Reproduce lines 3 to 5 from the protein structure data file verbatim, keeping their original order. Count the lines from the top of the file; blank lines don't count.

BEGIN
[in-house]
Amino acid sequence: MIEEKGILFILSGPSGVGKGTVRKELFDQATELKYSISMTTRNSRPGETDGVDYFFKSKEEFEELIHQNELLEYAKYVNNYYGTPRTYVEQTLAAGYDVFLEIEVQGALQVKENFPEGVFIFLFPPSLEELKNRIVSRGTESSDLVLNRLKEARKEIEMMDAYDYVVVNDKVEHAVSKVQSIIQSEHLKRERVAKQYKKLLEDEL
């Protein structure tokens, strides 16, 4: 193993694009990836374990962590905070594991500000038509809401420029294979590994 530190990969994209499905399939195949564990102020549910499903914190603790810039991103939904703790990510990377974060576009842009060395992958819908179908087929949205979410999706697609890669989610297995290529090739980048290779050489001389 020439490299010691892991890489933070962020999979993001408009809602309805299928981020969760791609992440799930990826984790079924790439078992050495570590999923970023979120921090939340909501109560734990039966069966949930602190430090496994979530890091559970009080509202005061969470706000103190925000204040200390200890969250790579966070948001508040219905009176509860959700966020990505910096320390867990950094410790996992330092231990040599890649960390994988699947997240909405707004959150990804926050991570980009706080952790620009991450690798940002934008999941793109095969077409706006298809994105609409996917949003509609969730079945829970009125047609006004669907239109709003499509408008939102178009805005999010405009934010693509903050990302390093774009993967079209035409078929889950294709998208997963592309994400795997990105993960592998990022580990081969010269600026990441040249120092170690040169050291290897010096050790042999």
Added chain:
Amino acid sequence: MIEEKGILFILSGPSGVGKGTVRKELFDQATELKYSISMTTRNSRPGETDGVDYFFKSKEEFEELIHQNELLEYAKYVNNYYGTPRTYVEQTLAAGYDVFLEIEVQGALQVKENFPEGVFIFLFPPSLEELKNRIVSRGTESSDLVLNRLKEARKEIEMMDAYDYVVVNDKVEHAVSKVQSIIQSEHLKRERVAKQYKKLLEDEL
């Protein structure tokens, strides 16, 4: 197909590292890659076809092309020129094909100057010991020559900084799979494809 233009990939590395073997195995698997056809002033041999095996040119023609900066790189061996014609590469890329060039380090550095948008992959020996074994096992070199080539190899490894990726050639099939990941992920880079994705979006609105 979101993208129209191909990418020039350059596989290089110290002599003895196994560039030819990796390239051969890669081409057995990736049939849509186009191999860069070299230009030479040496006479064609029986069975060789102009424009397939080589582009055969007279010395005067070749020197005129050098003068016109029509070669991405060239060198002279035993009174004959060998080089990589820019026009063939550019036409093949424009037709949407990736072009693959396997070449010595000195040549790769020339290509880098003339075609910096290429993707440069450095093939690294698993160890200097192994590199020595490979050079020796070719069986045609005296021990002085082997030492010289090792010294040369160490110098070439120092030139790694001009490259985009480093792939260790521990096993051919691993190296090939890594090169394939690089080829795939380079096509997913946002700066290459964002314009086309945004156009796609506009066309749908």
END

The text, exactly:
């Protein structure tokens, strides 16, 4: 193993694009990836374990962590905070594991500000038509809401420029294979590994 530190990969994209499905399939195949564990102020549910499903914190603790810039991103939904703790990510990377974060576009842009060395992958819908179908087929949205979410999706697609890669989610297995290529090739980048290779050489001389 020439490299010691892991890489933070962020999979993001408009809602309805299928981020969760791609992440799930990826984790079924790439078992050495570590999923970023979120921090939340909501109560734990039966069966949930602190430090496994979530890091559970009080509202005061969470706000103190925000204040200390200890969250790579966070948001508040219905009176509860959700966020990505910096320390867990950094410790996992330092231990040599890649960390994988699947997240909405707004959150990804926050991570980009706080952790620009991450690798940002934008999941793109095969077409706006298809994105609409996917949003509609969730079945829970009125047609006004669907239109709003499509408008939102178009805005999010405009934010693509903050990302390093774009993967079209035409078929889950294709998208997963592309994400795997990105993960592998990022580990081969010269600026990441040249120092170690040169050291290897010096050790042999």
Added chain:
Amino acid sequence: MIEEKGILFILSGPSGVGKGTVRKELFDQATELKYSISMTTRNSRPGETDGVDYFFKSKEEFEELIHQNELLEYAKYVNNYYGTPRTYVEQTLAAGYDVFLEIEVQGALQVKENFPEGVFIFLFPPSLEELKNRIVSRGTESSDLVLNRLKEARKEIEMMDAYDYVVVNDKVEHAVSKVQSIIQSEHLKRERVAKQYKKLLEDEL